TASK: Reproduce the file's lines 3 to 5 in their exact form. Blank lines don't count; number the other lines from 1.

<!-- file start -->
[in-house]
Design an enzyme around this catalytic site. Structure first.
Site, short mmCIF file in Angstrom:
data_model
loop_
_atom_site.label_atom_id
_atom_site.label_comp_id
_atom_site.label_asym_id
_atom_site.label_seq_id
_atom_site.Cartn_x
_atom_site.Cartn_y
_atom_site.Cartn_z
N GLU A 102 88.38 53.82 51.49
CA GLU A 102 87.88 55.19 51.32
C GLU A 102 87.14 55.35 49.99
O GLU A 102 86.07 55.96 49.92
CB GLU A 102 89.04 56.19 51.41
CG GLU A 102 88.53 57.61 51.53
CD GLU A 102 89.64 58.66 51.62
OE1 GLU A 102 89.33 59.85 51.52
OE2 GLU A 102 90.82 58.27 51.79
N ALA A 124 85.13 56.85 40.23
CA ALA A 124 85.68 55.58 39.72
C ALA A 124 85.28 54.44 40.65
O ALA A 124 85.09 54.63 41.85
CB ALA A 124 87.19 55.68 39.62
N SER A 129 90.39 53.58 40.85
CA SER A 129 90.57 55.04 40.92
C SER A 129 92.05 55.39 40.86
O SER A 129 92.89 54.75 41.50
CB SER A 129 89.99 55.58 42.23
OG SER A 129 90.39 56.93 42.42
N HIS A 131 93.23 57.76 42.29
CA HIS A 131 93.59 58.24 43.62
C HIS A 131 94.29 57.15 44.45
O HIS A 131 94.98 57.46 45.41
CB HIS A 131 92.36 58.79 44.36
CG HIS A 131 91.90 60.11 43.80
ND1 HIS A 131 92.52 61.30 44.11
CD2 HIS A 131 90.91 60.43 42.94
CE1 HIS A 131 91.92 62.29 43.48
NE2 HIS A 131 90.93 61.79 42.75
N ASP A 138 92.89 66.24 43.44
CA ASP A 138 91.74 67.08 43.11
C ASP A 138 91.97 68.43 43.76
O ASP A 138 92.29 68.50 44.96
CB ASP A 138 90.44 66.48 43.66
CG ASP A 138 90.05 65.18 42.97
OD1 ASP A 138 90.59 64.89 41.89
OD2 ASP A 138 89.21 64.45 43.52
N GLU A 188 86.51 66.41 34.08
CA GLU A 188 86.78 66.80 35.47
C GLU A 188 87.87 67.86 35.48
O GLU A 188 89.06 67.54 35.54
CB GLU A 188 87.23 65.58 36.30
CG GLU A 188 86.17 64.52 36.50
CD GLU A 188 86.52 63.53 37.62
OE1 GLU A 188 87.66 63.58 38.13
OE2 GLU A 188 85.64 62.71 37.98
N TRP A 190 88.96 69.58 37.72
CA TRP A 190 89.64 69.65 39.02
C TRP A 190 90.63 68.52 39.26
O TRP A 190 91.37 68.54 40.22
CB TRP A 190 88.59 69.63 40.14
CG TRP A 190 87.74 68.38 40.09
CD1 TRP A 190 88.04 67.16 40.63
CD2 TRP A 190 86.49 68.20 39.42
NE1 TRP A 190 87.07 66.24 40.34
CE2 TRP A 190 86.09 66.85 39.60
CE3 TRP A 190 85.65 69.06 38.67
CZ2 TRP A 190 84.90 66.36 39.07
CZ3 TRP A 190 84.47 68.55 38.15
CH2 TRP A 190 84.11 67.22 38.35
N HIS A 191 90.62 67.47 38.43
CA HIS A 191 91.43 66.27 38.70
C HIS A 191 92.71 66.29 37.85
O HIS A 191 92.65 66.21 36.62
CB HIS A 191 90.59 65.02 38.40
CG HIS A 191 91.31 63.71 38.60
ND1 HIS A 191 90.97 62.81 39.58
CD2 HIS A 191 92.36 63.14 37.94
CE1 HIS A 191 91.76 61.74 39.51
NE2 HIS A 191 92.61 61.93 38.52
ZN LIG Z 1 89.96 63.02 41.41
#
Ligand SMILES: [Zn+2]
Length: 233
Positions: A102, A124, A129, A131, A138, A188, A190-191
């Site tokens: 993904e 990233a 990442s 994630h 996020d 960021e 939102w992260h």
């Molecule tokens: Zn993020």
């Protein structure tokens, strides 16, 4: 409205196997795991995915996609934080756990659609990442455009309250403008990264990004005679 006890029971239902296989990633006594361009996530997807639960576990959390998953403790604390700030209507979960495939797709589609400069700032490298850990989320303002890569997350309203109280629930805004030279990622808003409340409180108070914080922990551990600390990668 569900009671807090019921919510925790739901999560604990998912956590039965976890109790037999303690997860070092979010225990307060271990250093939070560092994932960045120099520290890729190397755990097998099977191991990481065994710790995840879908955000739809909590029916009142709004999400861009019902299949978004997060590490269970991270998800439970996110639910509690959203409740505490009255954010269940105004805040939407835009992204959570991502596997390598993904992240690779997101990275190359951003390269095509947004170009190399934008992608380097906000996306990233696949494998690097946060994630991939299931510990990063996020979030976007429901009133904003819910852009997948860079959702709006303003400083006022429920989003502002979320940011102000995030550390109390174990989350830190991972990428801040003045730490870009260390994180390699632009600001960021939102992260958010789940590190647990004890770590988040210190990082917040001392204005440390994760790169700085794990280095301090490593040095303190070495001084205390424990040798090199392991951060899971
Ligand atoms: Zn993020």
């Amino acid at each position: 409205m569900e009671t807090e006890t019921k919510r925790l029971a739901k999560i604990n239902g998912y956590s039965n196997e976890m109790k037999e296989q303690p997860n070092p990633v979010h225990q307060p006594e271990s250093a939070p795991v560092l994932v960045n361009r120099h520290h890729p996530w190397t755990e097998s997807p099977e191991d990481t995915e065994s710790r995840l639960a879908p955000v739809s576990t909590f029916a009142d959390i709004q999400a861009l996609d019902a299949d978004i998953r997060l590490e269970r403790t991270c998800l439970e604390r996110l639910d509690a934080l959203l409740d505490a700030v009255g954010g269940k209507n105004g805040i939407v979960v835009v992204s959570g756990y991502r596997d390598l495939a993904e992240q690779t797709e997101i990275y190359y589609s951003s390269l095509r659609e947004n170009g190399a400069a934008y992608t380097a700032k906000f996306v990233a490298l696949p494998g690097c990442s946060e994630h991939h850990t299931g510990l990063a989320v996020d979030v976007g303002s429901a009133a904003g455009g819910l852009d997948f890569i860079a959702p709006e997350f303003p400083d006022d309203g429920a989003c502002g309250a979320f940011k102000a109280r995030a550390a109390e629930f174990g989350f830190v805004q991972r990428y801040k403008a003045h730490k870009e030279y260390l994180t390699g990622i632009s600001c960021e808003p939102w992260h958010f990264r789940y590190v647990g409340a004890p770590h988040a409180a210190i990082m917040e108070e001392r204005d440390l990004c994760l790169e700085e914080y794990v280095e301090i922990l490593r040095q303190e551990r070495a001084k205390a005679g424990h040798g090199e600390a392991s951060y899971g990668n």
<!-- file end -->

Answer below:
Site, short mmCIF file in Angstrom:
data_model
loop_